Medical devices such as MRIs emit very strong magnetic fields. If people are not immune to these magnetic fields, they can cause disturbances in the system.

Understanding The Difference Between EMC And EMI:

Electromagnetic compatibility (EMC) and electromagnetic interference (EMI) are terms often used together, especially when talking about testing electronic devices. Although they sound similar, they mean different things.

Electromagnetic Interference (EMI)

EMI is when electromagnetic energy interferes with how an electronic device works. This interference can come from natural sources such as electricity or other electronic devices.

Electromagnetic Compatibility (EMC)

EMC is how well a device can operate without experiencing or experiencing interference from other devices in its environment. EMC testing looks at two main things:

  1. Immunity Test: This checks that the device can handle external electromagnetic energy without any problems.
  2. Emission Test: This measures how much electromagnetic interference the device gives off.

In simple terms, EMI is the interference itself, such as static on the radio, while EMC is about making sure that the device can perform well even with some interference in the surroundings. Devices are designed to tolerate some EMI because they usually cannot avoid it completely. EMC ensures that devices operate smoothly without disturbing or being disturbed by other nearby electronics.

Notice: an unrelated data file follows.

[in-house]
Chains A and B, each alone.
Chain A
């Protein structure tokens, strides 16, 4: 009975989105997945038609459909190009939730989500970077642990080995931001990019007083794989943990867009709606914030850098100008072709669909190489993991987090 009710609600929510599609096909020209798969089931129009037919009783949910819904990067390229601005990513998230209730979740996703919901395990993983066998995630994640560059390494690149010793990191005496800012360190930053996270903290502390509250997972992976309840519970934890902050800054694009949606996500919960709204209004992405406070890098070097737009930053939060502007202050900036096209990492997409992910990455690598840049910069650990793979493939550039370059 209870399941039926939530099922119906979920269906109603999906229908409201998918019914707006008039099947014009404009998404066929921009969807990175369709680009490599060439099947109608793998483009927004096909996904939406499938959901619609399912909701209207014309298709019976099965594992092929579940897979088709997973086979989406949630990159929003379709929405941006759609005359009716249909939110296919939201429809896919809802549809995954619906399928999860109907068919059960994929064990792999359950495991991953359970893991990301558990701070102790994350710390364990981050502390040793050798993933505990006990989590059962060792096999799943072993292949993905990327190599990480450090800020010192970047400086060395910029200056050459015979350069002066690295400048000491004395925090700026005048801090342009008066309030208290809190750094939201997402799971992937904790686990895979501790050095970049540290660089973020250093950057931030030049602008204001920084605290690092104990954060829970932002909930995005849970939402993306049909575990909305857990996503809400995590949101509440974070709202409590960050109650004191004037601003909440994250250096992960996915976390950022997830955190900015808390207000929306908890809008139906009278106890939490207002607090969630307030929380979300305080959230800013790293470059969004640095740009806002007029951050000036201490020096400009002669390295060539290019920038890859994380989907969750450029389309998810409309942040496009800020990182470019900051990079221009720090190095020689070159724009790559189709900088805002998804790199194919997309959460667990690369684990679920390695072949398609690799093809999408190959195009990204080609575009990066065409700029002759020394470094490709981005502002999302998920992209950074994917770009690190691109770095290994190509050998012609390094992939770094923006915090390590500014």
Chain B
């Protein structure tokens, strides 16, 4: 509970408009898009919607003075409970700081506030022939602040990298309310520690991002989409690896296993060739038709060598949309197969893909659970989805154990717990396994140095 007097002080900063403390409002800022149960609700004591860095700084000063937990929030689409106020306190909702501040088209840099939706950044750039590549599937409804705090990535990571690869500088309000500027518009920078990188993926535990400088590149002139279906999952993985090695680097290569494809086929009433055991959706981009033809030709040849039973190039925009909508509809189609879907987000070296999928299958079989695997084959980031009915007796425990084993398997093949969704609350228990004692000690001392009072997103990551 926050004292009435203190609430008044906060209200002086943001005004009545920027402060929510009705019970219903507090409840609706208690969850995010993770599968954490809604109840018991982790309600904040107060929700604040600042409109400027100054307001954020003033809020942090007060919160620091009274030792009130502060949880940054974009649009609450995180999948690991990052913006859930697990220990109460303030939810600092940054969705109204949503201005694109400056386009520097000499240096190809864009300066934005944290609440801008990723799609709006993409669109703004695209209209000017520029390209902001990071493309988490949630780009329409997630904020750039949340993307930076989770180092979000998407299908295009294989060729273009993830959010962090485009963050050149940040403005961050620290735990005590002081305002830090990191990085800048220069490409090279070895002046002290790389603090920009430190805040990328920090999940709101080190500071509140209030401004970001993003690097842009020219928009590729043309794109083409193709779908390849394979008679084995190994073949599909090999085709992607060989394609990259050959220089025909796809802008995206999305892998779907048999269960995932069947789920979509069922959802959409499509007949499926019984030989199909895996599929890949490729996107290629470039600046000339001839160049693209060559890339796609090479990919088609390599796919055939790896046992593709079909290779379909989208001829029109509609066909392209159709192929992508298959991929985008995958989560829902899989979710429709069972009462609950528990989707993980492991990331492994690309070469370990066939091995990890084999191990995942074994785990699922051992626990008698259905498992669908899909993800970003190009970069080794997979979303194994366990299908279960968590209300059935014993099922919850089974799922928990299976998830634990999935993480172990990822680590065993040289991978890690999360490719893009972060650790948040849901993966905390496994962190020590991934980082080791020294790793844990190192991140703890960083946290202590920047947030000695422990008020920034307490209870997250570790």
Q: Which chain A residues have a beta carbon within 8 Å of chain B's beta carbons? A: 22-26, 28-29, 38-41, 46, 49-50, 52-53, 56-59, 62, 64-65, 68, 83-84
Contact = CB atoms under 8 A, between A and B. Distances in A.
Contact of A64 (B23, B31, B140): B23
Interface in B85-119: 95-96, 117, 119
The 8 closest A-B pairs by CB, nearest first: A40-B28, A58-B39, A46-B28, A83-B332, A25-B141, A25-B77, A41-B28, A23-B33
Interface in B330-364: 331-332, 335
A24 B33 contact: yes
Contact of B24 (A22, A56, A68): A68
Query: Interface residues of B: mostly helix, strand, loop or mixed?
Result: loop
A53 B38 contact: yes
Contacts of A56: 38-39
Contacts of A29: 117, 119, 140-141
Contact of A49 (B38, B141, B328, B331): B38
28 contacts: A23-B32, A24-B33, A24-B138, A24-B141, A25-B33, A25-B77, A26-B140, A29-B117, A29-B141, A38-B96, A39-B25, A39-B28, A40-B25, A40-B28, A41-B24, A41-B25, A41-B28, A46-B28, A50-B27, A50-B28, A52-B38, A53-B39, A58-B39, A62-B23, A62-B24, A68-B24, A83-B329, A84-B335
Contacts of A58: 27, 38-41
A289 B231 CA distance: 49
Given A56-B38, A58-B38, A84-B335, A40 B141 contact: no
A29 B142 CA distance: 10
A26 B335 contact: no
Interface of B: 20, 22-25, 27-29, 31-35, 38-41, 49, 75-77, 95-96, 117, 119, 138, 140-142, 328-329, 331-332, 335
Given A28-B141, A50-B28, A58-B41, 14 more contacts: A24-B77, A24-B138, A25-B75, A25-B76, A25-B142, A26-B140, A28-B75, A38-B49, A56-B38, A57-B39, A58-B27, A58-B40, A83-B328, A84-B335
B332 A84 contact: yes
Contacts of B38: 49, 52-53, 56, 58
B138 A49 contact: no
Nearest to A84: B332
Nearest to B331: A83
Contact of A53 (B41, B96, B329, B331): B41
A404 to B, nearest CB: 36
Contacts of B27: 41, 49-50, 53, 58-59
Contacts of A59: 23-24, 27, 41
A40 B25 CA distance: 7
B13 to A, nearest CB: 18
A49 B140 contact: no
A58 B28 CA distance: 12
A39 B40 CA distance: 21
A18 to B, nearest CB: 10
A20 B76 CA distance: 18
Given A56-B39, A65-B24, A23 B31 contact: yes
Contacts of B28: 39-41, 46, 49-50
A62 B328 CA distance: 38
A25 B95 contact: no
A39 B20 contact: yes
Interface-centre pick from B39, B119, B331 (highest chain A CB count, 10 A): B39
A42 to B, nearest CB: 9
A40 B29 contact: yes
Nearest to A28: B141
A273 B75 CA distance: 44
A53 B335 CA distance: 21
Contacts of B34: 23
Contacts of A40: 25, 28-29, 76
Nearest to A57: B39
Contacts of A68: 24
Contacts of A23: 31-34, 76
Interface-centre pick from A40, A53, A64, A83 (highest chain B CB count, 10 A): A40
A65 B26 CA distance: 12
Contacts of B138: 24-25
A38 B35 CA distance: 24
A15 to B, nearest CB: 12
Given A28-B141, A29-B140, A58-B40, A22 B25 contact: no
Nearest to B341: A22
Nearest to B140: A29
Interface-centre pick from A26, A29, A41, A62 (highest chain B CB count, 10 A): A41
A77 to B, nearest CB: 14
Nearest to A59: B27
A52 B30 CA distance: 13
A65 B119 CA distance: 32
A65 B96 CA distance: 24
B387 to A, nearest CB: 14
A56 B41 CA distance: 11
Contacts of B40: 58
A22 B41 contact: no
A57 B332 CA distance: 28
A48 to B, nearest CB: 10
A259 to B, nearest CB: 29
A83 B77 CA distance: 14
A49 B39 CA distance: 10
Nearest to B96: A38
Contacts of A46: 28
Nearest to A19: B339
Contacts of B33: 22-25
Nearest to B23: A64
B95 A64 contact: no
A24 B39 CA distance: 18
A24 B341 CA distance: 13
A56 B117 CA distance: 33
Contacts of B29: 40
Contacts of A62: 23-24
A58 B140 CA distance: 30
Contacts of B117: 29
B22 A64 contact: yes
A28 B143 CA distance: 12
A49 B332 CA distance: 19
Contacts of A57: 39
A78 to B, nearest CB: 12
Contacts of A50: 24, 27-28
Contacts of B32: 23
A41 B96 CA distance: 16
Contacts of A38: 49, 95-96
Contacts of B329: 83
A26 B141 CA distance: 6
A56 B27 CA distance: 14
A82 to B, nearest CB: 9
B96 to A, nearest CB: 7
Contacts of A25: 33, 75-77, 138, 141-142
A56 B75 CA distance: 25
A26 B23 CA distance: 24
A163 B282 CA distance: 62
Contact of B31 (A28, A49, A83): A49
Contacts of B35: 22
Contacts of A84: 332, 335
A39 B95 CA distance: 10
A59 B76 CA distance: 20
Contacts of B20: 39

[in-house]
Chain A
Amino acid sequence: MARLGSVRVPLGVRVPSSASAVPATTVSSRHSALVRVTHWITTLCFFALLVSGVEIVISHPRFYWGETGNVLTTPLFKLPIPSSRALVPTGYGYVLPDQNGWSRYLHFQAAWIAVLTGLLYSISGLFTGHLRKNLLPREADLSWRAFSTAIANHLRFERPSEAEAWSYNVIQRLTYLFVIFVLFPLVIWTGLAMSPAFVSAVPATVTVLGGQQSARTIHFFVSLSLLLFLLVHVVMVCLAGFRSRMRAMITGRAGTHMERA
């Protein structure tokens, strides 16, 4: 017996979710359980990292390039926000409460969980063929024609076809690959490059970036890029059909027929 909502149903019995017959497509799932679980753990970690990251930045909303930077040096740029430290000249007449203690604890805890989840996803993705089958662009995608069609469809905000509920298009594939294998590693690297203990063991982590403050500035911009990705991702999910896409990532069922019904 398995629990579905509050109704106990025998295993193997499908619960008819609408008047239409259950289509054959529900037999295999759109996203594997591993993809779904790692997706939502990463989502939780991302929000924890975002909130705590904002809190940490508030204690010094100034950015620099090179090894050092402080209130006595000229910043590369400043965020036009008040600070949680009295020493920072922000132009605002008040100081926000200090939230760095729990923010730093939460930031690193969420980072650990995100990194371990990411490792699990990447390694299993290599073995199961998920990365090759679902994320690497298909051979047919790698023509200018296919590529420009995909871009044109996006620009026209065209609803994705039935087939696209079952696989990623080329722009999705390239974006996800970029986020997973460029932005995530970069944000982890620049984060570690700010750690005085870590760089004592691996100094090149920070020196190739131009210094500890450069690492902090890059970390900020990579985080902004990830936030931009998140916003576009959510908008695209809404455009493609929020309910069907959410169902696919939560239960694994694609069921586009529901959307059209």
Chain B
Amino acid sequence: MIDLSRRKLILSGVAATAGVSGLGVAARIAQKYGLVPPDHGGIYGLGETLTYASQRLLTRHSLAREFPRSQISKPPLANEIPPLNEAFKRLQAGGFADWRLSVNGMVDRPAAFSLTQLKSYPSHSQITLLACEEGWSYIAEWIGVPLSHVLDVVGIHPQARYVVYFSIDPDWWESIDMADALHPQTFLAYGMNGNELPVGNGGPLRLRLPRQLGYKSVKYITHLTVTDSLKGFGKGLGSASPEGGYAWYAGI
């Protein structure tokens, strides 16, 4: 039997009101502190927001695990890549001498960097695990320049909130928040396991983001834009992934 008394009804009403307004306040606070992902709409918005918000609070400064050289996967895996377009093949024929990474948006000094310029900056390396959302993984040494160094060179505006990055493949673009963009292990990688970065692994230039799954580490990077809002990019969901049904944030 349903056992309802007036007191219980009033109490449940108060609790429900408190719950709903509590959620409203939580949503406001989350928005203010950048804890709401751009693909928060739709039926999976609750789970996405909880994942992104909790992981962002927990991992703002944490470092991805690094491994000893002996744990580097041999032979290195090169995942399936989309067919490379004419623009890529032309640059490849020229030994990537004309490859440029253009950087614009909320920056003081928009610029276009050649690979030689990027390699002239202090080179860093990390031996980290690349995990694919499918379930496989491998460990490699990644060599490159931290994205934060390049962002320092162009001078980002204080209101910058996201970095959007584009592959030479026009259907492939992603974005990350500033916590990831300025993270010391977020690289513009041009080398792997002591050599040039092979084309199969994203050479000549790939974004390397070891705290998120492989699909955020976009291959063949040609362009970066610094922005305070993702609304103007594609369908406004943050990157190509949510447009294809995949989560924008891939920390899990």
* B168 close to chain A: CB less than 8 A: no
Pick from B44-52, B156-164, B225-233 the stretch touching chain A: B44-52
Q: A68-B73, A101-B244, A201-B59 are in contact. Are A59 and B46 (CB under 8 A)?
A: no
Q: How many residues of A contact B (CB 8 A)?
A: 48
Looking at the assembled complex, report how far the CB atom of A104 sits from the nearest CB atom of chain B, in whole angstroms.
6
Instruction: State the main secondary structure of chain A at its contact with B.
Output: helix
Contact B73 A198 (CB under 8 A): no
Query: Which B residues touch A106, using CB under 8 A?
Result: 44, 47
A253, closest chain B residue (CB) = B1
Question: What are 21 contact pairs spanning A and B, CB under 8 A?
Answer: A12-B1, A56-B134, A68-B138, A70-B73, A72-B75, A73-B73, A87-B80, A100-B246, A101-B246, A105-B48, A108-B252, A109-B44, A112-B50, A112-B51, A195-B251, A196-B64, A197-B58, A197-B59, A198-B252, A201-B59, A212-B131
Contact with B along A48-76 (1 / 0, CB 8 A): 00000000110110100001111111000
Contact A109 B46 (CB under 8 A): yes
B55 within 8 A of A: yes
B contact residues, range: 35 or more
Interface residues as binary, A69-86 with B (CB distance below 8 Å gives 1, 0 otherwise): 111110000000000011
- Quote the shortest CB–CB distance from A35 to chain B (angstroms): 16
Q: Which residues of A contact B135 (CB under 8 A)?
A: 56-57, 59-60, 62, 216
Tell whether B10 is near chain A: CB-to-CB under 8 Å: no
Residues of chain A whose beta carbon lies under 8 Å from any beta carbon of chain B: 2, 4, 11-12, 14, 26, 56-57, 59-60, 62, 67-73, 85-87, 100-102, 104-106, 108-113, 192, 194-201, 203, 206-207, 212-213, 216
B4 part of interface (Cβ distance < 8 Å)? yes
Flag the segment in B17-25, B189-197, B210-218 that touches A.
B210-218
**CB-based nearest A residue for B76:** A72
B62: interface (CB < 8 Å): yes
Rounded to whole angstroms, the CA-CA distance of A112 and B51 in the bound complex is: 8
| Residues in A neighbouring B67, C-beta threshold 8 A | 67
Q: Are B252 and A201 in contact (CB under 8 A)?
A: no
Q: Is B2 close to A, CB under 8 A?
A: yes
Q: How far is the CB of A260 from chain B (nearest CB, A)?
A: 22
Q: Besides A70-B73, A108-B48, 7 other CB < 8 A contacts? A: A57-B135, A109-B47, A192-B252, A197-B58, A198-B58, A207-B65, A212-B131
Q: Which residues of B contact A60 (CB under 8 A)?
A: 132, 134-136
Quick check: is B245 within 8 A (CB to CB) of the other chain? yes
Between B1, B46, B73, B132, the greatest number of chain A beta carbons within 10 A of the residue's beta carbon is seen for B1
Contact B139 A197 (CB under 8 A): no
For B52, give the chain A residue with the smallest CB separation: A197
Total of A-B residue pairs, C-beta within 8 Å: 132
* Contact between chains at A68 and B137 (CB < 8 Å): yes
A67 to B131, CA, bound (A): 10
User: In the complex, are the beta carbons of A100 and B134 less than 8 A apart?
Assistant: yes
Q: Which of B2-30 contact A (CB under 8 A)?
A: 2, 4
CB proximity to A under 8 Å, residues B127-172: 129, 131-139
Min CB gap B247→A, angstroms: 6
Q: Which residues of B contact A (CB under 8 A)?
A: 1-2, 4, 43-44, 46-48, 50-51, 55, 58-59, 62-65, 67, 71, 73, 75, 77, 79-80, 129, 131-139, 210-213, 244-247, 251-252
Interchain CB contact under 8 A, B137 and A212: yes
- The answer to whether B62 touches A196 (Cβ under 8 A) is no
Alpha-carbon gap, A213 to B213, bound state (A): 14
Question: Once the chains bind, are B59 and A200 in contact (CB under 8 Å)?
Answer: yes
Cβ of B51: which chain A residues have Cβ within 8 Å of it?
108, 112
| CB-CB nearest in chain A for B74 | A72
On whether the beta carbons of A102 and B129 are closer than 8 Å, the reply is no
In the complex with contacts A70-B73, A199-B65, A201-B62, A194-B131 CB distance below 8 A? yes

Understanding both EMI and EMC helps manufacturers create reliable electronic devices that can work well in the same space without creating problems for each other.

EMI EMC Standards List

Application AreaCommon EMI/EMC Standards
CommercialFCC Part 15 class B, EN 61000-6-3 (generic), EN 61000-6-1(generic)
IndustrialFCC Part 15 class A, EN 61000-6-4 (generic), EN 61000-6-2(generic)
MedicalIEC 60601-1-2
AutomotiveSAE, ISO7637, IEC CISPR-25, ISO1145-1, ISO1145-2
MilitaryMIL-STD-461, DEF STAN 59/411, MIL-STD-704, MIL-STD-1275, MIL-STD-1399
Power Station and SubstationIEC TS 61000-6-5
Process Control and MeasurementEN/IEC 61326-1

How To Avoid EMC Failure

When a product ultimately fails EMC (electromagnetic compatibility) testing, it’s a stressful and expensive problem. To prevent this, start compliance testing from the beginning of the project. Checking emissions at every major development stage helps avoid costly retesting and failures.

If you find the problem early, you can fix it right away. This simplifies the entire development process. Imagine making a cake – you taste the batter every step of the way to make sure it’s delicious. Similarly, by checking the product from the design to the final stage, you can catch defects early. This allows you to easily fix them, such as adding an EMI shield or EMS foam to prevent leaks or gaps in the enclosure.

Making pre-compliance testing a key milestone in your project ensures a healthy development process. Treat compliance as an ongoing part of your project, not just a final inspection. This approach reduces the risk of EMC failure and improves the quality of your product.